After her once happy and loving son became angry and aggressive, a mother trusted her gut and hid a microphone in his backpack. When the principal heard the recording, the boy’s teachers were immediately fired.
When parents send their children to school, they expect their teachers to care for their students like they were their own. That’s why it was particularly horrifying for Milissa Davis, a loving mother, to learn that she had been offering up her child with special needs to his abusers each time she dropped him off for class.
When 12-year-old Camden, who has been diagnosed with severe autism, began exhibiting abnormal behavioral changes, Milissa knew something must have happened to her son. The typically sweet and affectionate boy had become aggressive and began wetting the bed. The intuitive mother suspected that his sudden personality change had to do with school. Since Camden couldn’t communicate what was wrong, Milissa came up with the plan to hide a recording device in the child’s backpack, WBRZ reported.
After Camden came home from school, Milissa listened to what had been recorded that day in his class at Hope Academy in Baton Rouge. What she heard confirmed her fears.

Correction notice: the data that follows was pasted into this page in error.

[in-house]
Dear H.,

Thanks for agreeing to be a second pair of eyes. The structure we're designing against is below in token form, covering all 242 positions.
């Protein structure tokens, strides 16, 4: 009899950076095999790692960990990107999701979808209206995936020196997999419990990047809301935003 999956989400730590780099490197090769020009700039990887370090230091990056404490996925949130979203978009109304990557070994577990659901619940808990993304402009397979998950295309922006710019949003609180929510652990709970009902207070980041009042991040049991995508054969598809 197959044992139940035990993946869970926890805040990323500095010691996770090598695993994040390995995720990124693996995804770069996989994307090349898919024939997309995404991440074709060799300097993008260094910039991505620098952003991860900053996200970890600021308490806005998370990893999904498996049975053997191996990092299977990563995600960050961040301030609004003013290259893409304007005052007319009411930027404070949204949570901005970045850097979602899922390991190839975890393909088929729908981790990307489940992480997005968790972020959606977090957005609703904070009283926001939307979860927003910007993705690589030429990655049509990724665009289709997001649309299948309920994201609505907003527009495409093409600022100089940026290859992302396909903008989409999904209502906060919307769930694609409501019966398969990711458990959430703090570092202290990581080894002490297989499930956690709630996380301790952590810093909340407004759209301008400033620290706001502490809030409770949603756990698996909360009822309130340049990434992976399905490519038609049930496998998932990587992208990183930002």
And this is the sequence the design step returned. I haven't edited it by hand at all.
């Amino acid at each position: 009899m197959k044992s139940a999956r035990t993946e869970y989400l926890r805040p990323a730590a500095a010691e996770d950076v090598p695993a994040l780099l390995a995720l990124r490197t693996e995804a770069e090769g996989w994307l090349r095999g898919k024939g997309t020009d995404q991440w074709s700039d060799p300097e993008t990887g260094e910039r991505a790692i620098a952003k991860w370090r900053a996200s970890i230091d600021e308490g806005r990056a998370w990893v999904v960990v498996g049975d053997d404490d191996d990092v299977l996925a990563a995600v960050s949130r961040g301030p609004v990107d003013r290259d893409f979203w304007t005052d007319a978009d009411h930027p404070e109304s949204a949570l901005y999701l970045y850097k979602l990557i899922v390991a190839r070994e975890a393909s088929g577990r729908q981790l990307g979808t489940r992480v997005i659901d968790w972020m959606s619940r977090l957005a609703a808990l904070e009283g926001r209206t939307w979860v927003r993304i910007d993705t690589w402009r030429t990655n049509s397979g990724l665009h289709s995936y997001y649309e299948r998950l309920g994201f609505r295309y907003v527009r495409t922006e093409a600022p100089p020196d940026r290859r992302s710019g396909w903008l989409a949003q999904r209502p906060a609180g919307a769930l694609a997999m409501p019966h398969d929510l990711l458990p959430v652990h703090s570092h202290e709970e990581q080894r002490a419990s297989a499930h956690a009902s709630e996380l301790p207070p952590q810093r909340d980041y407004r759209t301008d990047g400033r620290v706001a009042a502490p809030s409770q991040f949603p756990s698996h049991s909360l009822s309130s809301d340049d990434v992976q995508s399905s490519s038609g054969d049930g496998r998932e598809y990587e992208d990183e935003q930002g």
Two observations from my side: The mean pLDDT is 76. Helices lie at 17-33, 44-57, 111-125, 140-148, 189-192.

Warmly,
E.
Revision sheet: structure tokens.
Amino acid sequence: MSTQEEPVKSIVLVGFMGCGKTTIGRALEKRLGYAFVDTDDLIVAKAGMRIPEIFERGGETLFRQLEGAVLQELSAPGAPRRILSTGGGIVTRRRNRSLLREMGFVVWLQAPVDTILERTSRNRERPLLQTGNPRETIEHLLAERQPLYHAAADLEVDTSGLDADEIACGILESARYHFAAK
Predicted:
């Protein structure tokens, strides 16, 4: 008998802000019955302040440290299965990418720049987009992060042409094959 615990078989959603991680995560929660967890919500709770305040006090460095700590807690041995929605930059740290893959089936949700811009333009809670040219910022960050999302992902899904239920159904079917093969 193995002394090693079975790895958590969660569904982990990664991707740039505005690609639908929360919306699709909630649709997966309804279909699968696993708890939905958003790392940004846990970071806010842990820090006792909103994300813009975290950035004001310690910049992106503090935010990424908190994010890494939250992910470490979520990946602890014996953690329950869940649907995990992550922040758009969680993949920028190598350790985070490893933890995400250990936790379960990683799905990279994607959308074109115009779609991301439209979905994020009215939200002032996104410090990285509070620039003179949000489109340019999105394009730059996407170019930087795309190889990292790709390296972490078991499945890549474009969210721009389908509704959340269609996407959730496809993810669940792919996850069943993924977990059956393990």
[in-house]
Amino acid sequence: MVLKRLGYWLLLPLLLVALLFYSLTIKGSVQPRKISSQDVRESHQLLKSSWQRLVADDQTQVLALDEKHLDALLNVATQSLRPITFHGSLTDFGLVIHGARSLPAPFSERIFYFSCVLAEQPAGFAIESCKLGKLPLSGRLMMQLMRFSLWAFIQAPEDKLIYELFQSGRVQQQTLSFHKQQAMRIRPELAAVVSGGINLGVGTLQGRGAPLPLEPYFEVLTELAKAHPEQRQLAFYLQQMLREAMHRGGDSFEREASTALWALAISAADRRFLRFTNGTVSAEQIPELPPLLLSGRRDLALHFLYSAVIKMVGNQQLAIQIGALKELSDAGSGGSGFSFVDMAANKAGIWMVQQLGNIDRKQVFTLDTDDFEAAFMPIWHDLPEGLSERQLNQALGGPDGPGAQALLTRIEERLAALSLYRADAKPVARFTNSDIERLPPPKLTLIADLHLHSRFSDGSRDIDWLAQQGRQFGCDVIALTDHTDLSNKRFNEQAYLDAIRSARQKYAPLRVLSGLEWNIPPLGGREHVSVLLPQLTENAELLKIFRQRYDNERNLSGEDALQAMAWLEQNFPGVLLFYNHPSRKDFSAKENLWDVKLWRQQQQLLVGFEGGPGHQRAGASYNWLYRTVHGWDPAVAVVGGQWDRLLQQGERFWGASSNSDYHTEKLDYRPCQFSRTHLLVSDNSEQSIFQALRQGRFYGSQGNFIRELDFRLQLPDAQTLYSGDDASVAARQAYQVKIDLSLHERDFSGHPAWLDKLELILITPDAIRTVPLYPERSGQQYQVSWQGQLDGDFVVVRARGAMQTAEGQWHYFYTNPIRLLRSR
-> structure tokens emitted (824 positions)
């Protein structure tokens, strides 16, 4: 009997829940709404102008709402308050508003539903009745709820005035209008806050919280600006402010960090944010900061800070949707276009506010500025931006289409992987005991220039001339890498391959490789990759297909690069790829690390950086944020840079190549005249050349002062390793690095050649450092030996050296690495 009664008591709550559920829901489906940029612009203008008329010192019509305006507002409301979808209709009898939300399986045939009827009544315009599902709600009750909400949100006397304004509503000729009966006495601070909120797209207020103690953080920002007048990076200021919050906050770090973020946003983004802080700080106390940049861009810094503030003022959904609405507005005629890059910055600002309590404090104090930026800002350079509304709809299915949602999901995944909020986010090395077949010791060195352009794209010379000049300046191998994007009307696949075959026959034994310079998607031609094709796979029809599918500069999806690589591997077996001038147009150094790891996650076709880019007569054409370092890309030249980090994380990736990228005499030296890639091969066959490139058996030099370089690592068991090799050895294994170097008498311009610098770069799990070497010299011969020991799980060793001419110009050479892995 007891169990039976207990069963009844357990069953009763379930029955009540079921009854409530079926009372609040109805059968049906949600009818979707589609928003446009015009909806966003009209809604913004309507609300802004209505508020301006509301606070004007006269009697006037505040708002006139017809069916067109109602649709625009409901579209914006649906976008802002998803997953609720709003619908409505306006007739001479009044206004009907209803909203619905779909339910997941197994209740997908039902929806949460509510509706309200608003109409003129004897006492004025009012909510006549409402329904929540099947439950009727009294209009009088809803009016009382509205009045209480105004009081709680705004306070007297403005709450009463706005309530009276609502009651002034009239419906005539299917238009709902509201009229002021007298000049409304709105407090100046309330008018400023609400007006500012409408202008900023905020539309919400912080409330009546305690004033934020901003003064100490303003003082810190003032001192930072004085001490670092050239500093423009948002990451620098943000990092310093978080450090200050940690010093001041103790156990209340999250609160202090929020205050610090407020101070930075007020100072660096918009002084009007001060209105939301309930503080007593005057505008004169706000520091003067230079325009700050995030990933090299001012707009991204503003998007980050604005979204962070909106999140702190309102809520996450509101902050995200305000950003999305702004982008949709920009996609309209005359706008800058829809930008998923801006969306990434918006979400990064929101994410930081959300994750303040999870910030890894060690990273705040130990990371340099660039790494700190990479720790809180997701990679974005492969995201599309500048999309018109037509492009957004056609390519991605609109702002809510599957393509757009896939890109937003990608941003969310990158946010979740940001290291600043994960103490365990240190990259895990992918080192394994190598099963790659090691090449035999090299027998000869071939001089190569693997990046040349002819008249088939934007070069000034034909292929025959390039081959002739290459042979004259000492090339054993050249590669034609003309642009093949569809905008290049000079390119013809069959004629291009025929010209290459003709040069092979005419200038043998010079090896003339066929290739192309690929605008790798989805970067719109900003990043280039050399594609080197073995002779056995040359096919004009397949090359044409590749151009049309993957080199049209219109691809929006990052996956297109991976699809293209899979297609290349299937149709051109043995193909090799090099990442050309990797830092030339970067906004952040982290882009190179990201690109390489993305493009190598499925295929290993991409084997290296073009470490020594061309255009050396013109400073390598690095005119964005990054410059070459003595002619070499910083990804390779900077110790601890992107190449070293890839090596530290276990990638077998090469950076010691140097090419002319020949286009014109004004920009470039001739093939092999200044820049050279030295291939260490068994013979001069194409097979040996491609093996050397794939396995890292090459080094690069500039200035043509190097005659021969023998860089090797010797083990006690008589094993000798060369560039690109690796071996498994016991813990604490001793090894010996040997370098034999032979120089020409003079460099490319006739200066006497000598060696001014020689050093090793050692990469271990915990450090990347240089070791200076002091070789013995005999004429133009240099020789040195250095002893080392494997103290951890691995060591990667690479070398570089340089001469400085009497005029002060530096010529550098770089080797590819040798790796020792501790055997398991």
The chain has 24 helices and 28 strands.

The boy’s two special needs teachers took turns berating, mocking, and abusing Milissa Davis’ mentally disabled son in front of his entire class.
“You’re just writing the word. What is hard about it?” one of the teachers said in a frustrated tone. The boy tried to answer the teacher but his words were unintelligible. The teacher mimicked the child’s response, mocking his inability to speak clearly. She then pushed him further, asking, “Camden, why don’t you have anything written down? That’s why you can’t sit with everyone. Tell your momma that.” A teacher was also heard saying, “Let’s see what they do with him in f—king public school. He was going to go to Live Oak Middle. Uh uh, he wouldn’t make it for a minute.”
Milissa was understandably angry and hurt by what she heard. Knowing she would have a fight ahead of her, she immediately pulled her son out of the school and hired an attorney.
“I just wanted to cry, scream, and do everything I could because it was so bad,” Milissa Davis said. “To think that I had sent my son there every day, and what had happened before, that I didn’t know about.”